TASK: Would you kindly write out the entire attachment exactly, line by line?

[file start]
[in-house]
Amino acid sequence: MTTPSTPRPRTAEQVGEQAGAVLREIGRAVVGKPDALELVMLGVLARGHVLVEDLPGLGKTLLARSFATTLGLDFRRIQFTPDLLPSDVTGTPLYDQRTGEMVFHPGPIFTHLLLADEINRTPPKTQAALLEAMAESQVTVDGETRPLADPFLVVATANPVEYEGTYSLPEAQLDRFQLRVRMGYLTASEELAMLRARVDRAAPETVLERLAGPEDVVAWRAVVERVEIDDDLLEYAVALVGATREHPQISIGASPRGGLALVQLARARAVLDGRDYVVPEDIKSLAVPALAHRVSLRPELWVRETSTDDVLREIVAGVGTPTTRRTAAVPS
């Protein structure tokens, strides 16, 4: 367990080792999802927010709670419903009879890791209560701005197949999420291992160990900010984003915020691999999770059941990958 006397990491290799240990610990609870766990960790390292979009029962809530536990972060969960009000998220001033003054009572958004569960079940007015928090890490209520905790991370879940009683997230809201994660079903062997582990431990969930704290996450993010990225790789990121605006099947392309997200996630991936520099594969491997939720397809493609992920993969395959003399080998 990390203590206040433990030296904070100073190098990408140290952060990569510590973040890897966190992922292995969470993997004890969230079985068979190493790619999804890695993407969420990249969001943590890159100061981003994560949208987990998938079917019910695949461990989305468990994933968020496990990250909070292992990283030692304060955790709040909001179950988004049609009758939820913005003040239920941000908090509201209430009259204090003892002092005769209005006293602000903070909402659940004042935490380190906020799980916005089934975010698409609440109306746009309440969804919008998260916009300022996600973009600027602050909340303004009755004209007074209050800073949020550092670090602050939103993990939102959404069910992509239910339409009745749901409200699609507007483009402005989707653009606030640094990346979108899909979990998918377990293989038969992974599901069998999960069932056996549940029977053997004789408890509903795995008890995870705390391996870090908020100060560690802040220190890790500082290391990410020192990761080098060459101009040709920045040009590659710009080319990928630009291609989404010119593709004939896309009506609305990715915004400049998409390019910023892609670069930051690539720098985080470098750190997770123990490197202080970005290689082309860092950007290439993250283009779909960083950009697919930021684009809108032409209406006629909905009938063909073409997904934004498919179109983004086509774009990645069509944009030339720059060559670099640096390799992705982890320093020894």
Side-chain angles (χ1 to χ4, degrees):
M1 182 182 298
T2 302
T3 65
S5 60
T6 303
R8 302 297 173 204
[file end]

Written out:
[in-house]
Amino acid sequence: MTTPSTPRPRTAEQVGEQAGAVLREIGRAVVGKPDALELVMLGVLARGHVLVEDLPGLGKTLLARSFATTLGLDFRRIQFTPDLLPSDVTGTPLYDQRTGEMVFHPGPIFTHLLLADEINRTPPKTQAALLEAMAESQVTVDGETRPLADPFLVVATANPVEYEGTYSLPEAQLDRFQLRVRMGYLTASEELAMLRARVDRAAPETVLERLAGPEDVVAWRAVVERVEIDDDLLEYAVALVGATREHPQISIGASPRGGLALVQLARARAVLDGRDYVVPEDIKSLAVPALAHRVSLRPELWVRETSTDDVLREIVAGVGTPTTRRTAAVPS
């Protein structure tokens, strides 16, 4: 367990080792999802927010709670419903009879890791209560701005197949999420291992160990900010984003915020691999999770059941990958 006397990491290799240990610990609870766990960790390292979009029962809530536990972060969960009000998220001033003054009572958004569960079940007015928090890490209520905790991370879940009683997230809201994660079903062997582990431990969930704290996450993010990225790789990121605006099947392309997200996630991936520099594969491997939720397809493609992920993969395959003399080998 990390203590206040433990030296904070100073190098990408140290952060990569510590973040890897966190992922292995969470993997004890969230079985068979190493790619999804890695993407969420990249969001943590890159100061981003994560949208987990998938079917019910695949461990989305468990994933968020496990990250909070292992990283030692304060955790709040909001179950988004049609009758939820913005003040239920941000908090509201209430009259204090003892002092005769209005006293602000903070909402659940004042935490380190906020799980916005089934975010698409609440109306746009309440969804919008998260916009300022996600973009600027602050909340303004009755004209007074209050800073949020550092670090602050939103993990939102959404069910992509239910339409009745749901409200699609507007483009402005989707653009606030640094990346979108899909979990998918377990293989038969992974599901069998999960069932056996549940029977053997004789408890509903795995008890995870705390391996870090908020100060560690802040220190890790500082290391990410020192990761080098060459101009040709920045040009590659710009080319990928630009291609989404010119593709004939896309009506609305990715915004400049998409390019910023892609670069930051690539720098985080470098750190997770123990490197202080970005290689082309860092950007290439993250283009779909960083950009697919930021684009809108032409209406006629909905009938063909073409997904934004498919179109983004086509774009990645069509944009030339720059060559670099640096390799992705982890320093020894």
Side-chain angles (χ1 to χ4, degrees):
M1 182 182 298
T2 302
T3 65
S5 60
T6 303
R8 302 297 173 204